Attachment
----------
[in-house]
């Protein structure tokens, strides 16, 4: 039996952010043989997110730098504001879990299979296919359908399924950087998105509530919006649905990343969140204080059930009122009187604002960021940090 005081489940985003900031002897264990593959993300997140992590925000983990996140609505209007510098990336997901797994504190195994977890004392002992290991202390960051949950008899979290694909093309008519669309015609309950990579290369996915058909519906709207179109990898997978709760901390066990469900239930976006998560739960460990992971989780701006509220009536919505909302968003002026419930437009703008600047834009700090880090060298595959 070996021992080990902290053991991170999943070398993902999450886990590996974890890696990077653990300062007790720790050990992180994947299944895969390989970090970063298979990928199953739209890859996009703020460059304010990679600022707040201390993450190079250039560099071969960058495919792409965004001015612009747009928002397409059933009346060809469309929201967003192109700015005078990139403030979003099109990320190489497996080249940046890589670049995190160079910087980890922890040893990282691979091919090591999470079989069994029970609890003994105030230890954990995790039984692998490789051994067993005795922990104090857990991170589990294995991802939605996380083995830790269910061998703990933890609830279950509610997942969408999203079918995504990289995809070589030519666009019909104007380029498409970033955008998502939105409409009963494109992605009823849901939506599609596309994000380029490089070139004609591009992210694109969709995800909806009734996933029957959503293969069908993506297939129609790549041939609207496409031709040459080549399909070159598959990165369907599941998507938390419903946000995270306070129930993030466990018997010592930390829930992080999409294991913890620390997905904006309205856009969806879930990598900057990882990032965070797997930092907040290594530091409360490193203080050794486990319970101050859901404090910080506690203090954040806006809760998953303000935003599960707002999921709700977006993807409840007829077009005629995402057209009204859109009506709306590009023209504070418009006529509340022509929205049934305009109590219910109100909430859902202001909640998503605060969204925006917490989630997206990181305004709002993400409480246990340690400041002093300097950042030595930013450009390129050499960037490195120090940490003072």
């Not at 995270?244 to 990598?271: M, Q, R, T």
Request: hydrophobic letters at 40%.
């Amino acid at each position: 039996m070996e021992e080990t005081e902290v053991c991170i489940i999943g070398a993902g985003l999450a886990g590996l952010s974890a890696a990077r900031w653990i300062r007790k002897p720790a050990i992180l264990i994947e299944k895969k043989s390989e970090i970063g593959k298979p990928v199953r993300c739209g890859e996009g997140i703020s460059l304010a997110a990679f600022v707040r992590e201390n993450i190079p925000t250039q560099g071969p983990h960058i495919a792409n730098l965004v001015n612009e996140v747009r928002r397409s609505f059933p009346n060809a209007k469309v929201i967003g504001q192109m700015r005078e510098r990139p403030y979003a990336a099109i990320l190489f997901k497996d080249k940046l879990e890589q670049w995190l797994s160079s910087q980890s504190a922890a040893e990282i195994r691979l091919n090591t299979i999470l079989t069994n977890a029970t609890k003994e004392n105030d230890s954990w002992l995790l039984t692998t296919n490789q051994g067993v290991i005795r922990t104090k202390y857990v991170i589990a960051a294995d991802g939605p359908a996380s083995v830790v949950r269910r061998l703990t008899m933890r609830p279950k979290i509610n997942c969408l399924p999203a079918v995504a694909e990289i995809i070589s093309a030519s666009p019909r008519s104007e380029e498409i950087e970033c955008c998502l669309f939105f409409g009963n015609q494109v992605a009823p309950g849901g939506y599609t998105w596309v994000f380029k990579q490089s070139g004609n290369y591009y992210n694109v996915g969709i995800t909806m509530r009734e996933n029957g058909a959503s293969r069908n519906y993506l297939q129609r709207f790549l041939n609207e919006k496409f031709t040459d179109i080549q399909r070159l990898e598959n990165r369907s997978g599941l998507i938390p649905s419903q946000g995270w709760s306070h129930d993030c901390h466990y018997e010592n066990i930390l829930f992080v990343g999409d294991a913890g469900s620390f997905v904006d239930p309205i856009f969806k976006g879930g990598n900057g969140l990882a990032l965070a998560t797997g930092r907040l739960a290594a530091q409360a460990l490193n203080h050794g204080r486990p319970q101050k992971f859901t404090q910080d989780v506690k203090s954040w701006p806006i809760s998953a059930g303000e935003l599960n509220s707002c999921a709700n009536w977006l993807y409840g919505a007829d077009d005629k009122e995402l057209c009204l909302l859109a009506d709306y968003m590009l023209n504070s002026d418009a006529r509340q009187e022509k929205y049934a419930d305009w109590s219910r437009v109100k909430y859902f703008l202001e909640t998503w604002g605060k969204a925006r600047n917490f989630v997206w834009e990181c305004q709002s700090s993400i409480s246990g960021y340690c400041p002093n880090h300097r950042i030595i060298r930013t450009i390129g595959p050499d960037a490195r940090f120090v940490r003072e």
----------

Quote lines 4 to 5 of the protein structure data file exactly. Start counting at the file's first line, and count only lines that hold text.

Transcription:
Request: hydrophobic letters at 40%.
């Amino acid at each position: 039996m070996e021992e080990t005081e902290v053991c991170i489940i999943g070398a993902g985003l999450a886990g590996l952010s974890a890696a990077r900031w653990i300062r007790k002897p720790a050990i992180l264990i994947e299944k895969k043989s390989e970090i970063g593959k298979p990928v199953r993300c739209g890859e996009g997140i703020s460059l304010a997110a990679f600022v707040r992590e201390n993450i190079p925000t250039q560099g071969p983990h960058i495919a792409n730098l965004v001015n612009e996140v747009r928002r397409s609505f059933p009346n060809a209007k469309v929201i967003g504001q192109m700015r005078e510098r990139p403030y979003a990336a099109i990320l190489f997901k497996d080249k940046l879990e890589q670049w995190l797994s160079s910087q980890s504190a922890a040893e990282i195994r691979l091919n090591t299979i999470l079989t069994n977890a029970t609890k003994e004392n105030d230890s954990w002992l995790l039984t692998t296919n490789q051994g067993v290991i005795r922990t104090k202390y857990v991170i589990a960051a294995d991802g939605p359908a996380s083995v830790v949950r269910r061998l703990t008899m933890r609830p279950k979290i509610n997942c969408l399924p999203a079918v995504a694909e990289i995809i070589s093309a030519s666009p019909r008519s104007e380029e498409i950087e970033c955008c998502l669309f939105f409409g009963n015609q494109v992605a009823p309950g849901g939506y599609t998105w596309v994000f380029k990579q490089s070139g004609n290369y591009y992210n694109v996915g969709i995800t909806m509530r009734e996933n029957g058909a959503s293969r069908n519906y993506l297939q129609r709207f790549l041939n609207e919006k496409f031709t040459d179109i080549q399909r070159l990898e598959n990165r369907s997978g599941l998507i938390p649905s419903q946000g995270w709760s306070h129930d993030c901390h466990y018997e010592n066990i930390l829930f992080v990343g999409d294991a913890g469900s620390f997905v904006d239930p309205i856009f969806k976006g879930g990598n900057g969140l990882a990032l965070a998560t797997g930092r907040l739960a290594a530091q409360a460990l490193n203080h050794g204080r486990p319970q101050k992971f859901t404090q910080d989780v506690k203090s954040w701006p806006i809760s998953a059930g303000e935003l599960n509220s707002c999921a709700n009536w977006l993807y409840g919505a007829d077009d005629k009122e995402l057209c009204l909302l859109a009506d709306y968003m590009l023209n504070s002026d418009a006529r509340q009187e022509k929205y049934a419930d305009w109590s219910r437009v109100k909430y859902f703008l202001e909640t998503w604002g605060k969204a925006r600047n917490f989630v997206w834009e990181c305004q709002s700090s993400i409480s246990g960021y340690c400041p002093n880090h300097r950042i030595i060298r930013t450009i390129g595959p050499d960037a490195r940090f120090v940490r003072e």